Young artists invited to design a mural featuring Hackney’s threatened species

Eco-artist Michelle Meola will paint the winning design. Photograph: courtesy Homerton Green Forum

The search is on for a winning design for a biodiversity mural to showcase species that need support in Hackney.

Artists aged 12-25 of any ability are being urged by Homerton Green Forum to come up with ideas to raise awareness of the risk of losing species.

The winning design will be painted by Hackney Wick eco-artist Michelle Meola on part of a 12-metre high and 11-metre wide wall.

Artists need to  feature at least one of the threatened species found in  Hackney – including the British grass snake, brown banded carder bee, cinnabar moth, common toad, European eel, horehound longhorn moth, house sparrow, song thrush, stag beetle,  or soprano pipistrelle bat.

The mural will mark the launch of a green corridor in Homerton to help wildlife travel safely and which extends green projects around the Kingsmead estate and the whole of the Kings Park ward.

The winning design will join the mural of a sparrow hawk painted by eco-artist ATM on Daubeney Road as part of the 10xGreener project.

Forum co-ordinator Gerry Tissier said: “This is a fantastic opportunity for young artists to design street art inspired by nature and put out messages about climate change.”

He explained that residents can make changes in Hackney: “We need urgent action to stop biodiversity loss and the best place to start is on our own doorstep. We can think global and act local. The changes we make now will be felt well into the future.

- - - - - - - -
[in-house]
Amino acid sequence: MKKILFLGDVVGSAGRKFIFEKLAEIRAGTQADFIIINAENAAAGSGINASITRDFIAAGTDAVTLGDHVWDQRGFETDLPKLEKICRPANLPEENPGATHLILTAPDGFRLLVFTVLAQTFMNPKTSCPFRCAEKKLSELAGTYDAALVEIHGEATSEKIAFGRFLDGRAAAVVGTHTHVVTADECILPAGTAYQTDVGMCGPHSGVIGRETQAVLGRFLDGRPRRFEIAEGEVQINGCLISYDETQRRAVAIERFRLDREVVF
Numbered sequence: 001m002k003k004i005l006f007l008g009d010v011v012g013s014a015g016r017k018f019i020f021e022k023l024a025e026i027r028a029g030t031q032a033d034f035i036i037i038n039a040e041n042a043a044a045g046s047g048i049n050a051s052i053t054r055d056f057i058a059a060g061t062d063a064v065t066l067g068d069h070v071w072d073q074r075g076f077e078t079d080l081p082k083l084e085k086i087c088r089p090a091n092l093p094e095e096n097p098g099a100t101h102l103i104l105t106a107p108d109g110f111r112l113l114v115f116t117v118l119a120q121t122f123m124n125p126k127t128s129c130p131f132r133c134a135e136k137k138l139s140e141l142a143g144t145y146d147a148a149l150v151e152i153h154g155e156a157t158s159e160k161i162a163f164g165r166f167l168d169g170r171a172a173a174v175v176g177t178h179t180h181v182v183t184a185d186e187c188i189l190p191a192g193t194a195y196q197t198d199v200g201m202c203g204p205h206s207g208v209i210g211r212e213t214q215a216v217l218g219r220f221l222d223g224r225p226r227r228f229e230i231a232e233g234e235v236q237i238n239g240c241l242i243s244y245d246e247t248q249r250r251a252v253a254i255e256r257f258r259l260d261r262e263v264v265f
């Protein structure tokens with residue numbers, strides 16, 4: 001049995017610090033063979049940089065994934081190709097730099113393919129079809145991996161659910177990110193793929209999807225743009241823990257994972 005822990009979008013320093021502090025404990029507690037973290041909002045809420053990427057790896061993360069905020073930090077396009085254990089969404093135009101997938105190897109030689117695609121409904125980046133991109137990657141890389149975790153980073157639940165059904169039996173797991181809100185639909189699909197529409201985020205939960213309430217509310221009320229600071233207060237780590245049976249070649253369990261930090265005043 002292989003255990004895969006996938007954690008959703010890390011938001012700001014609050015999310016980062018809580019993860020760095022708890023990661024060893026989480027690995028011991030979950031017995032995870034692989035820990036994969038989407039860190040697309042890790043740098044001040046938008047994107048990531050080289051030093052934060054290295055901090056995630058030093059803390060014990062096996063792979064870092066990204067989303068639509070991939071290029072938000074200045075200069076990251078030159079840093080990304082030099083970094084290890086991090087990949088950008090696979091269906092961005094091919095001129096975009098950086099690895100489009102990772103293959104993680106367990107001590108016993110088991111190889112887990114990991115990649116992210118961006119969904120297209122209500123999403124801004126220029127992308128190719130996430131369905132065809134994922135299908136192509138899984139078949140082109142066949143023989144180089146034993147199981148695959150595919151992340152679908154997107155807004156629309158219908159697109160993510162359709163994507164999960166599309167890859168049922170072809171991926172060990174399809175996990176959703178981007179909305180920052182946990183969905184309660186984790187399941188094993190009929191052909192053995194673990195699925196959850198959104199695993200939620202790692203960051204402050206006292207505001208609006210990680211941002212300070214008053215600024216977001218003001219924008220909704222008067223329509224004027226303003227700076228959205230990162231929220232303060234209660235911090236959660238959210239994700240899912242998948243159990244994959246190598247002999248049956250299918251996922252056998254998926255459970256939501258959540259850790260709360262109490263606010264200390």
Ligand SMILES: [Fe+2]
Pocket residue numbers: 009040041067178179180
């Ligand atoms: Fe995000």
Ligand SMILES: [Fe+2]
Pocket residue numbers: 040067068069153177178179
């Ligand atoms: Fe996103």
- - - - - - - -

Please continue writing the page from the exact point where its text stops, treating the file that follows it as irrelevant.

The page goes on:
“There is much reason for hope. Environmentally-aware individuals and communities are coming together to help nature bounce back. Young people are at the forefront of this movement.

“In Hackney, local groups and volunteers are working hard to create well natured places.”

Populations of sparrow hawks and sparrows are increasing in Hackney, Tissier said.

Hackney Council also has a green recovery plan and has banned the use of the pesticide glyphosate around Daubeney Road as part of a trial.

The mural also coincides with the global green conferences COP26 (climate emergency conference) in Glasgow and the UN biodiversity gathering in China in October.

One in seven UK species are threatened with extinction and many species with dwindling numbers live in Hackney, including hedgehogs, house sparrows, starlings, bats, and toads.

At least 20 listed species live within a kilometre of the mural site at the Clapton Park estate, which has a series of green spaces including a wildflower meadow and is famous for its poppies.

Artist Michelle Meola said: “The wall we’ll be using is a really great spot for the community to see and is in front of the park. We desperately need everybody to be engaged in this issue.”

She added: “Plants and animals support and sustain each other to create an intricate web of life that we as humans ultimately depend on.

“Young artists may want to make the overlooked and ignored world under our feet become vibrant and wonderous. Or they may choose to look to the sky where birds and bats fly.

“We want to see original, relevant and accessible designs that blend art and science and spark a conversation in the community. And we want positive messages based on young people’s hopes and wishes for the future.”

Young people from the Voyage youth group have already joined a workshop at Hackney College to create their designs.

The winning mural will be one of 14 painted across the UK to raise awareness of the species we may lose.

It will also be in with a chance to be displayed on billboards across London, and photographs of some murals will be displayed in Real World Science Network museums nationally. 

Homerton’s Green Forum has linked up with the Grantham Institute for Climate Change at Imperial College and UK Youth for Nature to create the colourful mural.

Designs have to be submitted by 24 September and the winner receives a £250 prize.

Entries can be submitted here.